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Cleaning Up Your SMS Database with DelGrp
Deleting tables without deleting all the pieces of the group can cause problems with dependencies, not to mention lots of errors.
The Delete Group Class Tool (DelGrp.exe) is used to delete group classes and their tables.
"Real World" Application
I can think of a few examples when this may become necessary. First, let's say you decide to evaluate certain Altiris products. Or, maybe Inventory solution or Software Delivery Solution are configured to insert data into the SMS database. Dell OpenManage Client can also cause new database objects to appear if you configure it to send a NOIDMIF.
If you have multiple versions you will have many tables, some with numbers appended to the end, like 001, or 003. If you have used both of these products there could possibly be over 200 tables and stored procedures. Now you've got a real mess that you need to clean up.
Before attempting to remove these tables be sure you have a recent backup and try it in a test lab. Losing your SMS database can really ruin your day.
Before you can use the Delete Group Class tool, you must first obtain the proper name of the group that you want to delete. You can obtain a list of group classes by running the following query in SQL:
Select GroupClass From GroupMap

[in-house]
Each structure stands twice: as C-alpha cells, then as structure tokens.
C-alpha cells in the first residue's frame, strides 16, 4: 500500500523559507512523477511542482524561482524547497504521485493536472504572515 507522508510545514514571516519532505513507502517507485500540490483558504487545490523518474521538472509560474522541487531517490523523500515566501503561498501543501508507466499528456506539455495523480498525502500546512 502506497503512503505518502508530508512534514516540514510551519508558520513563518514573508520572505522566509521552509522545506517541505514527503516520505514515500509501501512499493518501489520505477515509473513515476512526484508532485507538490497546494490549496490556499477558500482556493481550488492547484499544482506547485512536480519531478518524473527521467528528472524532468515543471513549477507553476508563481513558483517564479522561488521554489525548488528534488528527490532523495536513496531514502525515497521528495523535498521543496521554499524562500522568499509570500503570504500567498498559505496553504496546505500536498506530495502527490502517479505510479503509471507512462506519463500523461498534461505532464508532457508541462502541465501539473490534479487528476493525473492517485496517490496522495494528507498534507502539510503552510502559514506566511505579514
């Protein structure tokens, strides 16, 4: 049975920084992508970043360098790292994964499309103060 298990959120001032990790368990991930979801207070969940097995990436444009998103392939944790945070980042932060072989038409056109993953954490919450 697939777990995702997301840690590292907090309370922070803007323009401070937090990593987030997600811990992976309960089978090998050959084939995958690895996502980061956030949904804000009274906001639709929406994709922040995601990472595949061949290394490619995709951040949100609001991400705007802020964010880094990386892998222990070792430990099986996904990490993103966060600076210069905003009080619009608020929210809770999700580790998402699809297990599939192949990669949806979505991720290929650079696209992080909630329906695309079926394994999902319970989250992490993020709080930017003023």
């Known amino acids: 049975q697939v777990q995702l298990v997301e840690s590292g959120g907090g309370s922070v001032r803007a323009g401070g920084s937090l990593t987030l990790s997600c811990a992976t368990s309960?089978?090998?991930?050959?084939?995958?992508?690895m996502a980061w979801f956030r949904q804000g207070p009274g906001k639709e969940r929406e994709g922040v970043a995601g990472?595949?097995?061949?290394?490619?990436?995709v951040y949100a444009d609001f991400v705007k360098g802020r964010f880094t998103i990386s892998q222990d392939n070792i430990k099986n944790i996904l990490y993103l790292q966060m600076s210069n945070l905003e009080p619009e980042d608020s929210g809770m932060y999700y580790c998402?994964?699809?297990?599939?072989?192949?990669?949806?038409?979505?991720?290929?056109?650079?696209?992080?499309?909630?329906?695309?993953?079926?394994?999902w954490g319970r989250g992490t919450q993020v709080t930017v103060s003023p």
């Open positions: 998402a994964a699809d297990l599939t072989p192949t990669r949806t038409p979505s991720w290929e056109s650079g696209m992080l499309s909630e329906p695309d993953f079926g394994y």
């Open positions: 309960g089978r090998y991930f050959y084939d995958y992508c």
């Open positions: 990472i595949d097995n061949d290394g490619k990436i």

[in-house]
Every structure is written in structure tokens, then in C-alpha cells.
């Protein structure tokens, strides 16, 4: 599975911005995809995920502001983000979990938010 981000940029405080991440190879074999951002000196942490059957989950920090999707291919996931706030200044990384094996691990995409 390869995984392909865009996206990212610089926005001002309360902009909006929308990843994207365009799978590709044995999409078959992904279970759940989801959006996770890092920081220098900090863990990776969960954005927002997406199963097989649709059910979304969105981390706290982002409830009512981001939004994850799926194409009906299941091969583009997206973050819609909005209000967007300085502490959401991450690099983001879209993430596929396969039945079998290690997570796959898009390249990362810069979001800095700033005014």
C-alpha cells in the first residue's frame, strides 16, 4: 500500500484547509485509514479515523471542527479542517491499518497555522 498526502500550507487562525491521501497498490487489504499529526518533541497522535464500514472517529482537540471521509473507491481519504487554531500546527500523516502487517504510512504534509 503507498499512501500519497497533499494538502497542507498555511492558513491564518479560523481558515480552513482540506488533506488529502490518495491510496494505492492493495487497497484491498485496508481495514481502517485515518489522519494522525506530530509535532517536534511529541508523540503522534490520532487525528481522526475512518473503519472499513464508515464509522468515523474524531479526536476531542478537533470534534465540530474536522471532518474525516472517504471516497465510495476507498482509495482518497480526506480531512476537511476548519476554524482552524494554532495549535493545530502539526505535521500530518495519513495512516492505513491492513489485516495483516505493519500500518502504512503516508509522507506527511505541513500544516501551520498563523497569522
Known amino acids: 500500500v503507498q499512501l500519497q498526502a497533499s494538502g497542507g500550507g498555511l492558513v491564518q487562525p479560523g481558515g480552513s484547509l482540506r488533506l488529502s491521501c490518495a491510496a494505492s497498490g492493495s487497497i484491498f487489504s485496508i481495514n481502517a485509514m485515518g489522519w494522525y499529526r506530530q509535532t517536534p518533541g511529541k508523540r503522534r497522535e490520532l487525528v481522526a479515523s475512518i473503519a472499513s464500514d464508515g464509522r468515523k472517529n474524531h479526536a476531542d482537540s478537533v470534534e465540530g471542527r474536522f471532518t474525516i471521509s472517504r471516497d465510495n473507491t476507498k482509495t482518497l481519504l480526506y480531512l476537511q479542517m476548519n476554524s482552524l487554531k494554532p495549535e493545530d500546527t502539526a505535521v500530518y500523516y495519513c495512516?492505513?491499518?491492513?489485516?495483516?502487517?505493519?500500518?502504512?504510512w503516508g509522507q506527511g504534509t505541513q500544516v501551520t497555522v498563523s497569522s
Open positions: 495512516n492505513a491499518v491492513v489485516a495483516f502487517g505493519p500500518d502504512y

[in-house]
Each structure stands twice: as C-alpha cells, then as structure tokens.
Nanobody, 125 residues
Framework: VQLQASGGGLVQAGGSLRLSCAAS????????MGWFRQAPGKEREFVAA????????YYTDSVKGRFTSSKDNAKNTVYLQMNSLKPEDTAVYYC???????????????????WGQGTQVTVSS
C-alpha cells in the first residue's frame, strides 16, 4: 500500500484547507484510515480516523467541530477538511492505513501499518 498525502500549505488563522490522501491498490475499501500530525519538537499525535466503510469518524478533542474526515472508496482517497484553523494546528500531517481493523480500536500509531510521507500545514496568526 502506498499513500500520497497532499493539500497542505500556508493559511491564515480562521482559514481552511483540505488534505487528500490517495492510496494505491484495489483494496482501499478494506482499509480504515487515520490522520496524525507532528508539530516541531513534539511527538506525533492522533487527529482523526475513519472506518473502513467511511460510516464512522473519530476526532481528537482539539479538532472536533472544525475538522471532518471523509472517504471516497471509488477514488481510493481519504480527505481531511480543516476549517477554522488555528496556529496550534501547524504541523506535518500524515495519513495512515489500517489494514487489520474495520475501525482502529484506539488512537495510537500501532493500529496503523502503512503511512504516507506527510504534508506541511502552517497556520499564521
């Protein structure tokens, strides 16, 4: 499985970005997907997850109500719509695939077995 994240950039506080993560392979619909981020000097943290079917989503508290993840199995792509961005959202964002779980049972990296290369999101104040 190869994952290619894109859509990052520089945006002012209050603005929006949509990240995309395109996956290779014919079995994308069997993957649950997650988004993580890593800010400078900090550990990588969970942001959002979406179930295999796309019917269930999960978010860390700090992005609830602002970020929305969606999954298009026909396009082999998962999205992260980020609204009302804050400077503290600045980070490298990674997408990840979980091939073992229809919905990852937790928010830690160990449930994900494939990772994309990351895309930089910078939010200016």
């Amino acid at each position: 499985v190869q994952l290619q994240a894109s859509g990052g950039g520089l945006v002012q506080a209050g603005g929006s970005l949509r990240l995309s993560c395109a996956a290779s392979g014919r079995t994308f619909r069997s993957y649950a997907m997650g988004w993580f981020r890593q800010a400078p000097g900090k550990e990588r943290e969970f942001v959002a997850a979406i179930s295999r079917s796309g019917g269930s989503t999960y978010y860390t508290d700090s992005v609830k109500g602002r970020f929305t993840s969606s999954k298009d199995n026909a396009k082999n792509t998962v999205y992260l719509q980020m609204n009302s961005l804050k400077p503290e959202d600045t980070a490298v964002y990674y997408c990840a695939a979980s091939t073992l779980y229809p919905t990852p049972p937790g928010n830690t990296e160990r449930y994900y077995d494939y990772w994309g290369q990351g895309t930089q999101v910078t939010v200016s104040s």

After you have determined the group you want to delete, run this command:
*Note - delgrp.exe must be copied to the Primary Site Server where you want to modify the database and the quotations must be used.
If you have 100's of groups to delete this could get quite monotonous. I exported the list of groups from the SQL Query Analyzer and placed them in a batch file. It worked much better. I copied delgrp.exe into the same directory as these batch files (on the a site sever).
Here is a portion of the batch code that I used to remove the Dell Groups:
%0\..\delgrp.exe "DellDMTF|WIN32 DMI SERVICE LAYER|001"
%0\..\delgrp.exe "DellINTEL|SERVICE LAYER CHARACTERISTICS|001"
%0\..\delgrp.exe "DellINTEL|SERVICE LAYER SECURITY|001"
%0\..\delgrp.exe "DellDMTF|SP INDICATION SUBSCRIPTION|001"
%0\..\delgrp.exe "DellDMTF|AUTHENTICATION PROTOCOLS|001"
%0\..\delgrp.exe "DellDMTF|SP CHARACTERISTICS|001"
%0\..\delgrp.exe "DellDMTF|SERIAL PORTS|003"
%0\..\delgrp.exe "DellDMTF|PHYSICAL CONTAINER GLOBAL TABLE|002"
%0\..\delgrp.exe "DellDMTF|SYSTEM SLOTS|003"
%0\..\delgrp.exe "DellDMTF|VIDEO BIOS|001"
Here is a portion of the batch code that I used to remove the Altiris Groups:
After you run DelGrp to delete the desired groups, using SQL Enterprise Manager delete any related stored procedures using this Q article. You will find 2 stored procedures for each table that you deleted.
The more preferred method of extending hardware inventory is to edit the SMS_def.mof file. Allowing 3rd party vendors to create a NOIDMIF file can cause unexpected results. It can be difficult and time consuming to clean up. The sms_def.mof is a database that the SMS client works through to access WMI. WMI is an industry standard. It is a more stable path to follow.
To learn more about WMI and extending your hardware inventory, take a look at the WMI SDK at http://msdn.microsoft.com/downloads/default.asp?URL=/code/sample.asp?url=/msdn-files/027/001/566/msdncompositedoc.xml
Also, pick up Marcin Policht's book "WMI Essentials for Windows Management" for more information on WMI.
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